When I first starting biking last September, the thought that I remember most is, “I wasted a lot of money on this cheap bike. How can I possibly bike when my thighs catch on fire before I get to the end of the block!”
Somehow, I persevered. It had a little to do with not wanting to feel like i wasted my money. A little more with Strava which fed my data-hungry mind, fascinated with statistics, trends, and seeing progress, albeit a few seconds at a time. Riding segments made understanding my biking ability better. But mostly it had to do with this keg covering my six pack. After all the reading I did on how to stay healthy, it gave new meaning to Ride or Die.
This past weekend was a milestone for me. It wasn’t the distance because I’ve ridden further in one session before. It wasn’t the riding in the rain which was a first but nothing to blog about. It was the riding during the day, surrounded by thousands of other riders, any one of them who would hear me gasping for air as if I was having an asthma attack. I finally overcame my ego shaming me into biking only when it’s dark at night!
Seriously, I participated in DC Bike Ride, and it was great. I can be pretty anti-social, so being surrounded by thousands of others was a bit unnerving for me. That and I was in a short sleeve jersey, teeth chattering, bones shivering, waiting for the ride to start. But once we got started, man it was great to be out there.
There was a sense of accomplishment when I finished, albeit anti-climatic since it wasn’t quite a race. Whenever I saw someone’s post on Strava, or read something online about the event, I could say I was there as well. Riding the car-free route was bliss. The route could’ve made more of DC’s amazing scenery, but when else do you get to ride the Whitehurst, I-385, E Street and so on?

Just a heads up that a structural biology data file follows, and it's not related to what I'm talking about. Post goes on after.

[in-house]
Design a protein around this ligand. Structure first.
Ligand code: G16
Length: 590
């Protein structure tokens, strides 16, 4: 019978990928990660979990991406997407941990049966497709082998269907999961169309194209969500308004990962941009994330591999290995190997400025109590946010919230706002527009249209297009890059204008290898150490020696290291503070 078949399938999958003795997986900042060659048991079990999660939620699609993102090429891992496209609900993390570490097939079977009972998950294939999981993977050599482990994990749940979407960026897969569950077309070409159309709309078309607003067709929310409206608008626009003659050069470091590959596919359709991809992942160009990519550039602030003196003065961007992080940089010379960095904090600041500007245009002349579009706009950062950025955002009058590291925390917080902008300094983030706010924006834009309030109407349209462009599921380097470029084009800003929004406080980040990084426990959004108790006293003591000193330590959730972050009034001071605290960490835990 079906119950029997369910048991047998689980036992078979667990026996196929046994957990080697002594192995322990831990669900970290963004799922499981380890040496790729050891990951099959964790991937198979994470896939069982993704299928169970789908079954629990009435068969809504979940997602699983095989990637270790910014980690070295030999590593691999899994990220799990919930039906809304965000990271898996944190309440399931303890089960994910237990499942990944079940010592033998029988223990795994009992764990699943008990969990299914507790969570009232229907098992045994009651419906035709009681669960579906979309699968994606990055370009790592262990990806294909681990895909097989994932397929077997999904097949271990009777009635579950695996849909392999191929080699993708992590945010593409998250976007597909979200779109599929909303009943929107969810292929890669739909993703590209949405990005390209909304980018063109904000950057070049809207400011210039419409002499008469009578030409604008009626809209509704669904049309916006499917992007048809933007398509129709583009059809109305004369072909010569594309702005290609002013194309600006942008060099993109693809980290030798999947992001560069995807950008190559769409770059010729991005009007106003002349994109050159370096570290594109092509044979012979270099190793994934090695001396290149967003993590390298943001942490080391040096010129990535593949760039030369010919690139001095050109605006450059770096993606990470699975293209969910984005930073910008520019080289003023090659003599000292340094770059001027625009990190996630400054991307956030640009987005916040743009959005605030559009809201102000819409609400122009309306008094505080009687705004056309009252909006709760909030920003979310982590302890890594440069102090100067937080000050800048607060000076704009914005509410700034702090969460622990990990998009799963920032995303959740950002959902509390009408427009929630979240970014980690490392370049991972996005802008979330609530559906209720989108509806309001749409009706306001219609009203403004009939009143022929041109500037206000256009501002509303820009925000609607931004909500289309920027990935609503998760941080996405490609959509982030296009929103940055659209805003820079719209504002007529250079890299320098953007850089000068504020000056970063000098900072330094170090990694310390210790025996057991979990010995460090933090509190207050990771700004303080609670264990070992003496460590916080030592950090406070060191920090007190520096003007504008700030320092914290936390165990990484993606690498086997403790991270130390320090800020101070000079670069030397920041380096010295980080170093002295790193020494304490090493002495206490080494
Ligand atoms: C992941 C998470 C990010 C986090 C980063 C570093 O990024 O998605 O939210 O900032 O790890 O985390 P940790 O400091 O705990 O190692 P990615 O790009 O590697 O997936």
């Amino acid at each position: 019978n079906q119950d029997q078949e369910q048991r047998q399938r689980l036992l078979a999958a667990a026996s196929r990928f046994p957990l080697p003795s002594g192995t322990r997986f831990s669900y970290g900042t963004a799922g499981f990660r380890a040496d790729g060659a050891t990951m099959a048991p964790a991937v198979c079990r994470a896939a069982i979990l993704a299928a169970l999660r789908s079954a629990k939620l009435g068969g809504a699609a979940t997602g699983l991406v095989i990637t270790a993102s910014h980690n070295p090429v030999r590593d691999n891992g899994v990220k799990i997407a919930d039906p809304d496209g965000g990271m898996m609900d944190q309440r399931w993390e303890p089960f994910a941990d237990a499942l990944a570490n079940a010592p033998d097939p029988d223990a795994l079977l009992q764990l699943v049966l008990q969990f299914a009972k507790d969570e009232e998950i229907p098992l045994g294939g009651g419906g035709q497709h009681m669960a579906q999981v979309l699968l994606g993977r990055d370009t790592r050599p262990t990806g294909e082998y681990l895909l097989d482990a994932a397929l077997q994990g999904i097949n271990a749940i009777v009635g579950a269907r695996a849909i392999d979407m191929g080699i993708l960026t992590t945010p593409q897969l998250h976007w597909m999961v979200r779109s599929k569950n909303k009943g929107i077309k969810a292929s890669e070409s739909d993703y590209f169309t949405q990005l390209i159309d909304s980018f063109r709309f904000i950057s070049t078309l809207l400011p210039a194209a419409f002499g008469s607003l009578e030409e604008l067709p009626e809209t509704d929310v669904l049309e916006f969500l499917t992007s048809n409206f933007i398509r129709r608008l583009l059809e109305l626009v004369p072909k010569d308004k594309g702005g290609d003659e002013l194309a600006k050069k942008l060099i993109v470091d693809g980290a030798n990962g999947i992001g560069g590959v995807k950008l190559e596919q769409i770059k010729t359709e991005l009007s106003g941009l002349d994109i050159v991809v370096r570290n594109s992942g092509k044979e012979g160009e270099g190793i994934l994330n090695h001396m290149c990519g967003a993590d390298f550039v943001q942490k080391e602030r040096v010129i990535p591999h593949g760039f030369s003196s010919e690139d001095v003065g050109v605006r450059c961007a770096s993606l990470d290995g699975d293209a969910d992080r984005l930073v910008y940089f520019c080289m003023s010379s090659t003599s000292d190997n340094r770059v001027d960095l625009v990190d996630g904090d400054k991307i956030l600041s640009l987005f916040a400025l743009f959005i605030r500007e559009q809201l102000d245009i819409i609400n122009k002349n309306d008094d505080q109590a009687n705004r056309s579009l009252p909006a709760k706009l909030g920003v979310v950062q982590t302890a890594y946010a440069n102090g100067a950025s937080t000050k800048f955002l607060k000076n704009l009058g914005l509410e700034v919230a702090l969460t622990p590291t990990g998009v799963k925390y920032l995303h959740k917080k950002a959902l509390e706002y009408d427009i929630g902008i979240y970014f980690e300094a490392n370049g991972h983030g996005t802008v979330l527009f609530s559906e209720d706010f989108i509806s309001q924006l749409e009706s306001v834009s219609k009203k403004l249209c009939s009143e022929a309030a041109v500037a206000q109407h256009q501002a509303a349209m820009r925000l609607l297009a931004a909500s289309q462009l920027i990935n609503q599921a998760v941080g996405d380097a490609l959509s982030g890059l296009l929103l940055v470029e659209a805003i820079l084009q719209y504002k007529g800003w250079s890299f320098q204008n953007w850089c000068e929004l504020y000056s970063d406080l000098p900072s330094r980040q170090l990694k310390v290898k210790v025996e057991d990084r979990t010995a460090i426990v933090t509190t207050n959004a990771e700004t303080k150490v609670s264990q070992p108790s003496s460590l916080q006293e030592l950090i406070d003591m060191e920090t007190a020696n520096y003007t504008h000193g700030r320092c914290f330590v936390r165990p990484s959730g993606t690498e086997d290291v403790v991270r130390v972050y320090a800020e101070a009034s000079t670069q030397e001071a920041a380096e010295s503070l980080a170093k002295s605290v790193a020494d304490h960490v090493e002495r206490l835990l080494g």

But it was also humbling. For example:
We were going up the ramp over 12th Street. It’s about a 4 percent incline, but felt like 8 percent to me. We were only a few miles to the end of the course and my ego relented. It said it was OK to take a break. Walk the bike the 100 yards or so to the top of the ramp then finish the ride. We don’t know these people.
And just when the neurons fired messages to my muscles to start the dismount, I hear a woman behind me say, “C’mon, mom, you can do it.” I looked back and saw this woman, maybe in her 60s, head down, eyes focused, back parallel with the road with a fierce determination in her stare; and she said, “Don’t worry. I’m not getting off this bike. I’m not walking up this hill!”
And that’s when my ego snapped out of it and said, even though I’m getting passed by someone’s grandmother, I couldn’t walk the bike now. Thighs be damned! So in the lowest possible gear and with a cadence of nearly 100, I made it to the top and finished the race.
DC Bike Ride was great. I will be an annual participant. Maybe next year, the wife will join me and I won’t struggle as much with those tiny inclines.